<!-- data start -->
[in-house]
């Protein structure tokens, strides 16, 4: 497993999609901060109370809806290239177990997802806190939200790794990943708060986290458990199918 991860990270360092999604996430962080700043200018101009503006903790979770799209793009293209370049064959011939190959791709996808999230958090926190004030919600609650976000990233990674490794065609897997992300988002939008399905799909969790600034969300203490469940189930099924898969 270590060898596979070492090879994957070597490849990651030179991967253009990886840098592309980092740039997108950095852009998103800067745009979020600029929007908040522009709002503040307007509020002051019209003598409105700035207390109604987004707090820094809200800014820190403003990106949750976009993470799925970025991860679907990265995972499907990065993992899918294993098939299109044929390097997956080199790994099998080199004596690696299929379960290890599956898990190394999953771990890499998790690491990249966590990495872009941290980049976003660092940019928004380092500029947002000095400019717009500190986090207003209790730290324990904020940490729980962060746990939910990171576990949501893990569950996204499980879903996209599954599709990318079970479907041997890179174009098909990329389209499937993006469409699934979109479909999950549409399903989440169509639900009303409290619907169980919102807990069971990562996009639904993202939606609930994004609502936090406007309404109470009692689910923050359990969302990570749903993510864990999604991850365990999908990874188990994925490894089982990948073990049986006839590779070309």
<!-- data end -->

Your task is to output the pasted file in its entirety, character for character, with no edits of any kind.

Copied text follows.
[in-house]
């Protein structure tokens, strides 16, 4: 497993999609901060109370809806290239177990997802806190939200790794990943708060986290458990199918 991860990270360092999604996430962080700043200018101009503006903790979770799209793009293209370049064959011939190959791709996808999230958090926190004030919600609650976000990233990674490794065609897997992300988002939008399905799909969790600034969300203490469940189930099924898969 270590060898596979070492090879994957070597490849990651030179991967253009990886840098592309980092740039997108950095852009998103800067745009979020600029929007908040522009709002503040307007509020002051019209003598409105700035207390109604987004707090820094809200800014820190403003990106949750976009993470799925970025991860679907990265995972499907990065993992899918294993098939299109044929390097997956080199790994099998080199004596690696299929379960290890599956898990190394999953771990890499998790690491990249966590990495872009941290980049976003660092940019928004380092500029947002000095400019717009500190986090207003209790730290324990904020940490729980962060746990939910990171576990949501893990569950996204499980879903996209599954599709990318079970479907041997890179174009098909990329389209499937993006469409699934979109479909999950549409399903989440169509639900009303409290619907169980919102807990069971990562996009639904993202939606609930994004609502936090406007309404109470009692689910923050359990969302990570749903993510864990999604991850365990999908990874188990994925490894089982990948073990049986006839590779070309």